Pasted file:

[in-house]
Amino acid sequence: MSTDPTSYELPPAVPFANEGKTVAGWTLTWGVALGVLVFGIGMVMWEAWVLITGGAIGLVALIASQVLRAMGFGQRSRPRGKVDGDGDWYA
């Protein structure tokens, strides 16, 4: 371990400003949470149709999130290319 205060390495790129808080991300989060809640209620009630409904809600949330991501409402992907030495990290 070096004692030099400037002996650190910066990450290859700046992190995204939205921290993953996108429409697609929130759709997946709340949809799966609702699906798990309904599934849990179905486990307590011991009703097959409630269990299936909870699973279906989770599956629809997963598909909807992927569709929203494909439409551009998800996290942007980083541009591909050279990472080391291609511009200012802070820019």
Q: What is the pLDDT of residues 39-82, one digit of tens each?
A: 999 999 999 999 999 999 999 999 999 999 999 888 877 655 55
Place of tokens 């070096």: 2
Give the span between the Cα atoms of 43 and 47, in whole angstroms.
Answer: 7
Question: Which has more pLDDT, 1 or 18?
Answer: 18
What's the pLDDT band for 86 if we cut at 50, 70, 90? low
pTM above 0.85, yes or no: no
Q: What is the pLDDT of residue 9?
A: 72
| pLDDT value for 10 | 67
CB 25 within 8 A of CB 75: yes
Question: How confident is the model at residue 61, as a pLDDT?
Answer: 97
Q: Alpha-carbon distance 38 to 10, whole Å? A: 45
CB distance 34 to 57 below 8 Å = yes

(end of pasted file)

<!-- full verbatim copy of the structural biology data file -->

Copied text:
[in-house]
Amino acid sequence: MSTDPTSYELPPAVPFANEGKTVAGWTLTWGVALGVLVFGIGMVMWEAWVLITGGAIGLVALIASQVLRAMGFGQRSRPRGKVDGDGDWYA
């Protein structure tokens, strides 16, 4: 371990400003949470149709999130290319 205060390495790129808080991300989060809640209620009630409904809600949330991501409402992907030495990290 070096004692030099400037002996650190910066990450290859700046992190995204939205921290993953996108429409697609929130759709997946709340949809799966609702699906798990309904599934849990179905486990307590011991009703097959409630269990299936909870699973279906989770599956629809997963598909909807992927569709929203494909439409551009998800996290942007980083541009591909050279990472080391291609511009200012802070820019």
Q: What is the pLDDT of residues 39-82, one digit of tens each?
A: 999 999 999 999 999 999 999 999 999 999 999 888 877 655 55
Place of tokens 């070096």: 2
Give the span between the Cα atoms of 43 and 47, in whole angstroms.
Answer: 7
Question: Which has more pLDDT, 1 or 18?
Answer: 18
What's the pLDDT band for 86 if we cut at 50, 70, 90? low
pTM above 0.85, yes or no: no
Q: What is the pLDDT of residue 9?
A: 72
| pLDDT value for 10 | 67
CB 25 within 8 A of CB 75: yes
Question: How confident is the model at residue 61, as a pLDDT?
Answer: 97
Q: Alpha-carbon distance 38 to 10, whole Å? A: 45
CB distance 34 to 57 below 8 Å = yes